Under the ACA, many states expanded Medicaid to adults with incomes up to 138% of the federal poverty level, and millions more bought health plans through the insurance exchanges.
“Twenty million people would presumably lose their insurance,” Roehrig said. “Just as expanded coverage drove health spending up, repeal would bring spending down a bit.”
But the CMS analysis found that healthcare spending growth between 2016 to 2025 will be largely influenced by changes in the economy and population as opposed to coverage expansion under the ACA. The healthcare law greatly influenced the average 5.5% spending growth experienced in 2014 and 2015 as more people enrolled on the exchanges and gained Medicaid coverage, but those numbers are expected to stabilize.
The first two years of the projected period are expected to be the slowest periods of spending growth—4.8% in 2016 and 5.4% in 2017. That reflects an expected decrease in spending by Medicaid, Medicare and private insurers as enrollment slows.
In 2018 and beyond, however, healthcare spending is expected to accelerate, especially for Medicaid and Medicare. The Medicaid population is projected to trend toward somewhat sicker, older and costlier beneficiaries. At the same time, baby boomers will continue to age into Medicare.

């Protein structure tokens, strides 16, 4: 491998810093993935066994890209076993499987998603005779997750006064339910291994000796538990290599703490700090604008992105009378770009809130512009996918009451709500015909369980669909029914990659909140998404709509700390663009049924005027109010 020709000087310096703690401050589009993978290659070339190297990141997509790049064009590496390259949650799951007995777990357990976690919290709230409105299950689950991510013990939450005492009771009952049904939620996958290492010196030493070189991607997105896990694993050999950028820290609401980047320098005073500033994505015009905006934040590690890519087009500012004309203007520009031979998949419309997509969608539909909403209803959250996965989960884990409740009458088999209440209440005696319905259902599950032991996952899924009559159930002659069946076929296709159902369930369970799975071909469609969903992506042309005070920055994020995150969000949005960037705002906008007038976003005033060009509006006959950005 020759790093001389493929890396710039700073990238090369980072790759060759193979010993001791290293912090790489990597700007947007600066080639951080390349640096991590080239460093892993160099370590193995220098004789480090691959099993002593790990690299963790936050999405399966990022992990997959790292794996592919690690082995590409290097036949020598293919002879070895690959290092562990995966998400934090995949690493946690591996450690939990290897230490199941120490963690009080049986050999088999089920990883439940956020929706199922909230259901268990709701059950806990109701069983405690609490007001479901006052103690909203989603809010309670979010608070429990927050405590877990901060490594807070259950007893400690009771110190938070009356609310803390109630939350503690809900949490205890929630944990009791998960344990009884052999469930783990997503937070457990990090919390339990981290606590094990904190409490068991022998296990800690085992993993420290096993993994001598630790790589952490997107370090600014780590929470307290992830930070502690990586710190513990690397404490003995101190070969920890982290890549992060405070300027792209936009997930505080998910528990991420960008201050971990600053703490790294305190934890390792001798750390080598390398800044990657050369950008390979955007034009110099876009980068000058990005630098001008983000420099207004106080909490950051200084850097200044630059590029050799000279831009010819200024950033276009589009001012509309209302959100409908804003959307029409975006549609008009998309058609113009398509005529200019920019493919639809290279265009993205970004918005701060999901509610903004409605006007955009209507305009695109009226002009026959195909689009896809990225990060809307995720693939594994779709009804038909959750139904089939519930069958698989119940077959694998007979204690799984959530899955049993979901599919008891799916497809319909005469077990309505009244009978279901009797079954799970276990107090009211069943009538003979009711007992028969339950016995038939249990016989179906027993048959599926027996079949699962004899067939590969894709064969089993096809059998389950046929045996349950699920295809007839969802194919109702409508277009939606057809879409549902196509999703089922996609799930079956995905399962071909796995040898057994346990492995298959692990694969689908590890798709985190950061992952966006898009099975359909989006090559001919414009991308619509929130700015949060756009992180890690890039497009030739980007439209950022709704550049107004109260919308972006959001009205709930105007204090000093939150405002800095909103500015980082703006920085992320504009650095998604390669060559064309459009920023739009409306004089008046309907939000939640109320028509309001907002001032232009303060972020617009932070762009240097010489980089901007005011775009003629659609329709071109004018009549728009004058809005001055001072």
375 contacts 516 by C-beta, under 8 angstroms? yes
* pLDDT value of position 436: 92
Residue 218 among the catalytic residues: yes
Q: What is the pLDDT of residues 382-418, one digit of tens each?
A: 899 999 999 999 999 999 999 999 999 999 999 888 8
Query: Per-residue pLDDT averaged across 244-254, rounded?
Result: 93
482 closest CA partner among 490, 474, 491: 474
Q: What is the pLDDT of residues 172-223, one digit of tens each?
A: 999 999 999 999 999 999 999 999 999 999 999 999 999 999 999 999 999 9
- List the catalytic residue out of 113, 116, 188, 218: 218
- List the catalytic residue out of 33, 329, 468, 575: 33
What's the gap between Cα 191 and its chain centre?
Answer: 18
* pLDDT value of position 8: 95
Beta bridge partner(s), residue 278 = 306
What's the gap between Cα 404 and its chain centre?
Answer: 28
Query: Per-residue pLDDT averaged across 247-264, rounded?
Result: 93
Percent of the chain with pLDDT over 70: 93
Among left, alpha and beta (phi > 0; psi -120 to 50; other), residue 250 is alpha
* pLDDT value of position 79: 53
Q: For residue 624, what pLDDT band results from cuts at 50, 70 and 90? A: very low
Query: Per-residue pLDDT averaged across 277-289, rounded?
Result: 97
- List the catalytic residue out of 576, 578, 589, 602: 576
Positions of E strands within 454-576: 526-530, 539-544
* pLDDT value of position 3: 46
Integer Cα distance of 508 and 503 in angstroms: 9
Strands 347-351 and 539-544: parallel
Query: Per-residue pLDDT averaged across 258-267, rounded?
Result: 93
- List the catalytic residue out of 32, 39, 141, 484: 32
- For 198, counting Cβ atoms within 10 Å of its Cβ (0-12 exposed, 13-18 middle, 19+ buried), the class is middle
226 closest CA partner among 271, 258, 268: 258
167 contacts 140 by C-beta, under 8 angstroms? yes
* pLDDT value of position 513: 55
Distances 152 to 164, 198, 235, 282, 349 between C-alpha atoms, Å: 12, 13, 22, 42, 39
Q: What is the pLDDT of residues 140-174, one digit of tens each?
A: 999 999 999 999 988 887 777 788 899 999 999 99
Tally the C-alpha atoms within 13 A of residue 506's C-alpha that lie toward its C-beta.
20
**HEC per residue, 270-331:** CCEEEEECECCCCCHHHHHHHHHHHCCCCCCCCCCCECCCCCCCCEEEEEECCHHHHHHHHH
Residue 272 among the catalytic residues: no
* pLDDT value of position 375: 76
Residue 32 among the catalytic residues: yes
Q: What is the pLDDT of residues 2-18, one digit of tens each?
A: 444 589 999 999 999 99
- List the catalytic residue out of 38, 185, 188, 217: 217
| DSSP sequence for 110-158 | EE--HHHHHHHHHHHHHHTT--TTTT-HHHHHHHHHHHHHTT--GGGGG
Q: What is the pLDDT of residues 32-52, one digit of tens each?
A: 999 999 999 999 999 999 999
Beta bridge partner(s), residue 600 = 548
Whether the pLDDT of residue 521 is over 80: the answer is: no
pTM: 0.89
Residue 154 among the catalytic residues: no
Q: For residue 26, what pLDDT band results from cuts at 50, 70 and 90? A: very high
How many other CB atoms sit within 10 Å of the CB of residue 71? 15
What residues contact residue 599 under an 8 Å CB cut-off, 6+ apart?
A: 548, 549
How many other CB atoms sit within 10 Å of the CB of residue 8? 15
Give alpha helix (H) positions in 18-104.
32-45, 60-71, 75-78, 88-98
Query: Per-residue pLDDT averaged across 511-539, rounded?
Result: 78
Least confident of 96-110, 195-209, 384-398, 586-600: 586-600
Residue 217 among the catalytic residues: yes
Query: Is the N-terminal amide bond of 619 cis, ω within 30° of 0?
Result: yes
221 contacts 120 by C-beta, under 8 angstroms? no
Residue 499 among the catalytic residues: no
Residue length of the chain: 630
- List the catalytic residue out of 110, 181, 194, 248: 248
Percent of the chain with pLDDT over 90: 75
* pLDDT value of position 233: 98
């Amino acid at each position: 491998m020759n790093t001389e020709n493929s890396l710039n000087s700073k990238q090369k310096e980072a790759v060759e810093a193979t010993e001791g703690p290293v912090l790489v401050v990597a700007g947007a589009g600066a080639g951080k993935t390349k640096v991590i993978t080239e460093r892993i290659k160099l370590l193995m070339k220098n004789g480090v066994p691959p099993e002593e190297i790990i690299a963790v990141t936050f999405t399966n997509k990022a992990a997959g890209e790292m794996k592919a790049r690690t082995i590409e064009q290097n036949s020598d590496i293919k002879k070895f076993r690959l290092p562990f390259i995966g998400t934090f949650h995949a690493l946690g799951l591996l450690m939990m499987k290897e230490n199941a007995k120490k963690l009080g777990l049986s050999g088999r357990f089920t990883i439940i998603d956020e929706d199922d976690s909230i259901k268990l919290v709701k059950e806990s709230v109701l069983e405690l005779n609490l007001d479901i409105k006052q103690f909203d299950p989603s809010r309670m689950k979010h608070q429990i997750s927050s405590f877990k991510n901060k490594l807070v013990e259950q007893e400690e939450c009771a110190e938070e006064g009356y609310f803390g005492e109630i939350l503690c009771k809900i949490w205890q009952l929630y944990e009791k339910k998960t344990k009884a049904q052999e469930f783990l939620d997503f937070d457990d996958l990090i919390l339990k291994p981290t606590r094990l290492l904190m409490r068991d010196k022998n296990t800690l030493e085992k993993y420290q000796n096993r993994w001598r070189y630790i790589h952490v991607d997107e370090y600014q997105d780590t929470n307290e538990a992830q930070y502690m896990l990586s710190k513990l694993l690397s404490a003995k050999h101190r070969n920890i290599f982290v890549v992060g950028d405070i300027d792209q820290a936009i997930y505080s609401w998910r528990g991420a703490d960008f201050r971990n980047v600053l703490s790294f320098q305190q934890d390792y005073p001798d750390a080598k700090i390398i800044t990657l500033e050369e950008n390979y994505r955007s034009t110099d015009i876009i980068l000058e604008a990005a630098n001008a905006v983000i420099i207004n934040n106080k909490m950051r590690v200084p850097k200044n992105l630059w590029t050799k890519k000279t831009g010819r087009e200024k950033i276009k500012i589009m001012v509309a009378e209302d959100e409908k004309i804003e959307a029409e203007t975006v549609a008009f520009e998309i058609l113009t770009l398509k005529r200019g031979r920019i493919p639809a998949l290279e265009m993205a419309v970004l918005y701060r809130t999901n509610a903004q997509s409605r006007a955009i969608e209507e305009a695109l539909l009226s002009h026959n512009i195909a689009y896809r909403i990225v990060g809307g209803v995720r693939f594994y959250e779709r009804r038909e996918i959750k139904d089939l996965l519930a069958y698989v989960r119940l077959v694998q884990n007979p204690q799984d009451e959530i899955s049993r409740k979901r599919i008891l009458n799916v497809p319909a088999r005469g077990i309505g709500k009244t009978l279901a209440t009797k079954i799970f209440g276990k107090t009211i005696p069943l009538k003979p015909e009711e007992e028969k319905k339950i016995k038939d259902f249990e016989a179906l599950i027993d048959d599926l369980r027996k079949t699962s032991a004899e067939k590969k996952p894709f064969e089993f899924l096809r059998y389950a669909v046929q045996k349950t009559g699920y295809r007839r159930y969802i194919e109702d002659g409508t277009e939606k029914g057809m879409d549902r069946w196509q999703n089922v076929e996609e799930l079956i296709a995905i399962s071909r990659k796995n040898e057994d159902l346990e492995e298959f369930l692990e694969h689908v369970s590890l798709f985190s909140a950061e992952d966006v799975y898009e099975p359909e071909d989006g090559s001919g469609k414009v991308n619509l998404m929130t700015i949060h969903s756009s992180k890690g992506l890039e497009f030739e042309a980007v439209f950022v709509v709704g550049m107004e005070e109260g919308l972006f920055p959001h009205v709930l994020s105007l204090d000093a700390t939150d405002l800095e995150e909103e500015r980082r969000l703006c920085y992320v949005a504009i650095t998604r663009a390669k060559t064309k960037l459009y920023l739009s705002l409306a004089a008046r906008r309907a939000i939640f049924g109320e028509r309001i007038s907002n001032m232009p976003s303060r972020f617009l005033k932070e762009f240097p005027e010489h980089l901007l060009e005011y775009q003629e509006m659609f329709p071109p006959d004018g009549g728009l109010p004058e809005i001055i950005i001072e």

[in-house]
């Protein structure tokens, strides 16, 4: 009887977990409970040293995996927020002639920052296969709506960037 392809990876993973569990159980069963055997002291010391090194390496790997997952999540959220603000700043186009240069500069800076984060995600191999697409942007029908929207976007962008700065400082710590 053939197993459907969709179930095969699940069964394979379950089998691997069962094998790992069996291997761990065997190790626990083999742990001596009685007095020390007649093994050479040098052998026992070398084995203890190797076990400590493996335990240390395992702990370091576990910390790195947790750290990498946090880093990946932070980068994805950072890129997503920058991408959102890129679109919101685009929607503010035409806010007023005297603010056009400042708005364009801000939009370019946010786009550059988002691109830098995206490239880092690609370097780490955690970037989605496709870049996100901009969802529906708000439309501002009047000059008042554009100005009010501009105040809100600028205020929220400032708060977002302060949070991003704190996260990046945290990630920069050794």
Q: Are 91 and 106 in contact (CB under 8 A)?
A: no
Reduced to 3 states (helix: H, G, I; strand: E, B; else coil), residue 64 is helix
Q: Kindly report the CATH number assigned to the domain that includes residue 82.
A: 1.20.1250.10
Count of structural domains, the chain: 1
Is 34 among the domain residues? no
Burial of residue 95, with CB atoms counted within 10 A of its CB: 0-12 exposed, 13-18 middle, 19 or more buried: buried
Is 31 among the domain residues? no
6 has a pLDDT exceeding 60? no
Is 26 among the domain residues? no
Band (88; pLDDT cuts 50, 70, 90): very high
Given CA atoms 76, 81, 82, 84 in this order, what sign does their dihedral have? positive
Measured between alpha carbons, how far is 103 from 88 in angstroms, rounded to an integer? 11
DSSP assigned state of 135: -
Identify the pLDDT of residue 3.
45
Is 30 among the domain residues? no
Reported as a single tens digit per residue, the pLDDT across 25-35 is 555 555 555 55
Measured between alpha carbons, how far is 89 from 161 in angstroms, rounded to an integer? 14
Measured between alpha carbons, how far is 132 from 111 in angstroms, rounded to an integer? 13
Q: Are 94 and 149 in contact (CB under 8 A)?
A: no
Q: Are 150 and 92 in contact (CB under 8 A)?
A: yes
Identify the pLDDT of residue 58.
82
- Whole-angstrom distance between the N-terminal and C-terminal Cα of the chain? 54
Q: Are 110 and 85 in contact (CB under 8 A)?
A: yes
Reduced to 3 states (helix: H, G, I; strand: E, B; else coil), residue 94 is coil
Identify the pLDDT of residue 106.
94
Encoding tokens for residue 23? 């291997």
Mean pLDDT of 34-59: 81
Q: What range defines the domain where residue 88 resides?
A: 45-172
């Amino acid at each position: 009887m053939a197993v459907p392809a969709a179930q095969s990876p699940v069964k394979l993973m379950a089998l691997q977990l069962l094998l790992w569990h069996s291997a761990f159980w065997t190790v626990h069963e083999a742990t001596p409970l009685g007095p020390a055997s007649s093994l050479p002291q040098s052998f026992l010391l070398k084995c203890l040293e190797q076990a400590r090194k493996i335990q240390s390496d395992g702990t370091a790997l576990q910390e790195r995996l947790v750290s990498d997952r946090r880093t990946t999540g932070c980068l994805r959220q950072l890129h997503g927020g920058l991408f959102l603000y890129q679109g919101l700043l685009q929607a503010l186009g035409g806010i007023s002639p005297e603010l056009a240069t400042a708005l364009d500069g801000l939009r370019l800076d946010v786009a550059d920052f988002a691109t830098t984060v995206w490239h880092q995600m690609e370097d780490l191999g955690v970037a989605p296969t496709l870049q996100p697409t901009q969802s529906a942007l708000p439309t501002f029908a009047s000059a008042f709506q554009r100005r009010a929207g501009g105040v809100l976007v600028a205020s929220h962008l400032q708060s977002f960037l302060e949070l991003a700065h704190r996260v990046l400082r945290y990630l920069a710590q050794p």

Medicare spending is expected to grow 5.9% in 2017 and 7.6% in 2025. Medicaid spending is expected to grow by 3.7% in 2017 and 5.9% in 2025.
Demand for home healthcare services and expensive specialty prescription drugs will also drive up healthcare spending.
Home healthcare spending will be driven by growth in Medicare, particularly between 2020 and 2025 as baby boomers reach their mid-70s. They are expected to choose home healthcare services more often than previous beneficiaries. Home healthcare spending will grow by 7% in 2025.
A rise in spending on prescription drugs will be influenced by the increased use of expensive specialty drugs, growing by 6.4% in 2025. That's slower than the 9% growth recorded in 2015, which was driven by the use of expensive hepatitis C drugs and brand name drugs that have since gotten competition from cheaper generics.
Growth in healthcare spending is expected to outpace overall gross domestic product by 1.2%, accounting for 19.9% of GDP by 2025. Roehrig said that projection is notably low considering the number of baby boomers who will need health insurance within the next decade. But over the long haul, he said, it “can put the federal budget in constraints.”